Her publicist husband Will arranges for Darby to find out that the marriage is over while doing a promo for her book tour on the Today Show with Matt Lauer. To make matters even worse he has taken the children and gone back to his ex wife Gigi. Darby promptly vomits and passes out on the set.

Her career as a dating/relationship expert has been trashed, she's lost the children she loves and she's been humiliated in front of the entire country. What's a girl to do? Get even, of course. She hires Holt Gregory as her lawyer and begins some high profile dating to get her career back on track.

As with pretty much all chick lit novels, you can kind of fill in what happens next. ( Holt is a charming good looking attorney!)

What makes this book interesting is that Lisa Daily is a dating/relationship author in real life. Stop Getting Dumped is both a column and book. Interspersed throughout Fifteen Minutes of Shame are tips from Darby's Dreamgirl Academy. Daily is part of the Debs (see link in blogroll) a group of 6 female authors releasing their debut fiction novels this year.

A great fun book to take to the beach.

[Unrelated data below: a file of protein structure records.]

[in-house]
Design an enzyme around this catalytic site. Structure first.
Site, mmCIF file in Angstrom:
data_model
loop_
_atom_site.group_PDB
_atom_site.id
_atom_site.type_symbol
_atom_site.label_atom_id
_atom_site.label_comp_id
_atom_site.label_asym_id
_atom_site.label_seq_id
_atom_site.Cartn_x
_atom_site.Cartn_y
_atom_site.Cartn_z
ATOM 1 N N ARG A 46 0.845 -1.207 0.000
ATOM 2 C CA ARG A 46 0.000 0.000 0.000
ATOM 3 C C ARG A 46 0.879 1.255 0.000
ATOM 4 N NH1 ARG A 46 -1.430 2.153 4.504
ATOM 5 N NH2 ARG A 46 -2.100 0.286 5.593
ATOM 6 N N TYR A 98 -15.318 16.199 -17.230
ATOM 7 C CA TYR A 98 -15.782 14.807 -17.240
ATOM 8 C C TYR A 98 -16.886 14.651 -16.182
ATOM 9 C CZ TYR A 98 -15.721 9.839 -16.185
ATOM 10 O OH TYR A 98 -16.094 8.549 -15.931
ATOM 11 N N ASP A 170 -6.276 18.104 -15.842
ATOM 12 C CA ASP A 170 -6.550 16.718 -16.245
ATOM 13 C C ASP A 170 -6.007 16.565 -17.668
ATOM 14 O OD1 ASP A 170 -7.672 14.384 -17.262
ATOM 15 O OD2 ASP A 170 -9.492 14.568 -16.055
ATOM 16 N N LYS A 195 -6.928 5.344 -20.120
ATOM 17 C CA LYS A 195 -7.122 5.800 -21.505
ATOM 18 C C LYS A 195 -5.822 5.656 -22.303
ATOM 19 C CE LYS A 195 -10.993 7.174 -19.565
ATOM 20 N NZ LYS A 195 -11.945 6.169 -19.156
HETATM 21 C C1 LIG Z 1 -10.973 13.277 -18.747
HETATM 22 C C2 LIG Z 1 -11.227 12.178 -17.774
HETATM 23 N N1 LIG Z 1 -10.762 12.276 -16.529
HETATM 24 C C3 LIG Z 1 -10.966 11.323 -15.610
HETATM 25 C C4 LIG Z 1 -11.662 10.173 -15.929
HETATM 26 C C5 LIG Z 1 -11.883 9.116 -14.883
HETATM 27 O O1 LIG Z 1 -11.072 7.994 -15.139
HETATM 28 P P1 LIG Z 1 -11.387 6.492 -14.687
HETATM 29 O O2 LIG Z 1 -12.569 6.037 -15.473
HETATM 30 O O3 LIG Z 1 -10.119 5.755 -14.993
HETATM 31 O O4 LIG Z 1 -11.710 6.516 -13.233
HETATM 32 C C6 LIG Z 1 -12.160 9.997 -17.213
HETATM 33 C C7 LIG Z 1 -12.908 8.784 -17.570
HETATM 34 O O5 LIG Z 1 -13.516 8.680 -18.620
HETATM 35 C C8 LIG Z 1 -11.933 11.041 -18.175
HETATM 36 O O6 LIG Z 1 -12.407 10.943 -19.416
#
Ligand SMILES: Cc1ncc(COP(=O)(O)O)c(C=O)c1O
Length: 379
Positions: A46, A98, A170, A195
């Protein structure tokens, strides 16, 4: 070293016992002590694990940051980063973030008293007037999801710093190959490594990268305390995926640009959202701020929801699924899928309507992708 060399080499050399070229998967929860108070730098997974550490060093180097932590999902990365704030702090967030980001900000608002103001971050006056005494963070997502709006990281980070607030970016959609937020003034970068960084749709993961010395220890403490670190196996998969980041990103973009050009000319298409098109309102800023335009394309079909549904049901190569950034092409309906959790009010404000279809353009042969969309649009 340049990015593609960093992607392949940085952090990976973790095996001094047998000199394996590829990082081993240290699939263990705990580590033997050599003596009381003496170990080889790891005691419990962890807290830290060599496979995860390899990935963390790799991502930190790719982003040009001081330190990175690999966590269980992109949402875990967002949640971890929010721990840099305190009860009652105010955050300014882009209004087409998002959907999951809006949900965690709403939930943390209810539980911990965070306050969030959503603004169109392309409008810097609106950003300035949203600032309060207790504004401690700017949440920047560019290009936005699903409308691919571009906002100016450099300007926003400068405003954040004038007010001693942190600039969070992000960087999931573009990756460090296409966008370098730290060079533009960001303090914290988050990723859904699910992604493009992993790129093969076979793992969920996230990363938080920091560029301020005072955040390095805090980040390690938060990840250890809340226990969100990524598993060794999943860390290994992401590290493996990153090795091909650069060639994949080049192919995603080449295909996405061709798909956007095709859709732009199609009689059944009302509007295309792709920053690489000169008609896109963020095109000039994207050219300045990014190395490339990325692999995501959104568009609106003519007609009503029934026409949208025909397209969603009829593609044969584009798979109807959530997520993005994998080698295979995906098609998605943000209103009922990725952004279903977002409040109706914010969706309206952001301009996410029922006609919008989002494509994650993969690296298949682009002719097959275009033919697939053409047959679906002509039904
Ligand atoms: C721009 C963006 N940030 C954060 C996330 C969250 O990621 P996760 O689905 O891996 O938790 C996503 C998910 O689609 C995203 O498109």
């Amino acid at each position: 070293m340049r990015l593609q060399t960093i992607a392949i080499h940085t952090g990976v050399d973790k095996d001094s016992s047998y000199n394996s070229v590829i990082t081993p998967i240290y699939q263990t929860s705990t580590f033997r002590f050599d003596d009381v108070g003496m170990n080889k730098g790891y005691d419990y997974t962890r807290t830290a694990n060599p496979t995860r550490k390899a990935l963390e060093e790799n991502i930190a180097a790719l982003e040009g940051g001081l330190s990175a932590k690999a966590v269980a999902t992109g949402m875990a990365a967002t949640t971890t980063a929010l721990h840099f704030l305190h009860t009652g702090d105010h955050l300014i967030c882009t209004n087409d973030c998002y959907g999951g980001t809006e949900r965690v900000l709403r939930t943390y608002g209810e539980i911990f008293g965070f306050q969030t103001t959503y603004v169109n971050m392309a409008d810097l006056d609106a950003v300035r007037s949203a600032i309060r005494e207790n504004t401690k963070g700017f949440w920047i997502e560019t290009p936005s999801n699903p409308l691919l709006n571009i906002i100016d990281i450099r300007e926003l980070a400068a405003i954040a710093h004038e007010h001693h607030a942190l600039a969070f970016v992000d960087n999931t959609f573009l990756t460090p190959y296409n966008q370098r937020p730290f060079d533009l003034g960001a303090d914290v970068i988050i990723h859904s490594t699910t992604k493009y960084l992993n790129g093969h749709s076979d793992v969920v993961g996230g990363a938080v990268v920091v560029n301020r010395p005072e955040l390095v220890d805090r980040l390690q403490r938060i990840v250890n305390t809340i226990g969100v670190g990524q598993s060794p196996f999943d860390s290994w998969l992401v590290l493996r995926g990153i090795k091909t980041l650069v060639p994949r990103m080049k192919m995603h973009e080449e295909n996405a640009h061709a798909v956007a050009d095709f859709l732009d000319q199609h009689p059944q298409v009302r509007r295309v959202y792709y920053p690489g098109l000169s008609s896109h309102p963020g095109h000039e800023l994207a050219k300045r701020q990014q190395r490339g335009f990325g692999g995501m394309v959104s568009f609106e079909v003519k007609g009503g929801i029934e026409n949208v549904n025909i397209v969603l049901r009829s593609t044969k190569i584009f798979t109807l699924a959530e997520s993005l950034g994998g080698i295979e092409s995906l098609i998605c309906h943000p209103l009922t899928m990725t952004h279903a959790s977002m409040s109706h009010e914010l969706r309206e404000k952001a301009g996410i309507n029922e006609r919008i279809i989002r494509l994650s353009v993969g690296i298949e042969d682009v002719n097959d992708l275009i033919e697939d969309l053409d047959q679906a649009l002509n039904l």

Wednesday, May 21, 2008

Junk Beautiful - Sue Whitney & Ki Nassauer

As promised, a bit of a departure from the fiction front. For me, digging through the flea market back room, seeing what's on the garage sale table, perusing the auction sale listings, are FUN activities!

Sue Whitney and Ki Nassauer think so too. So much in fact that it's how they make their living - and very successfully. This is the second book they've written.

What they do is scour for items that no one else seems to want and then they re purpose them. It's an acquired taste and not for everyone, but their makeovers have a beautiful shabby chic look. Their inventiveness is amazing. While some ideas were really ' out there', others sparked a little light bulb. This was just a fun book to peruse. Included are some inside shots of projects from the book.

Sunday, May 18, 2008

Dead Time - Stephen White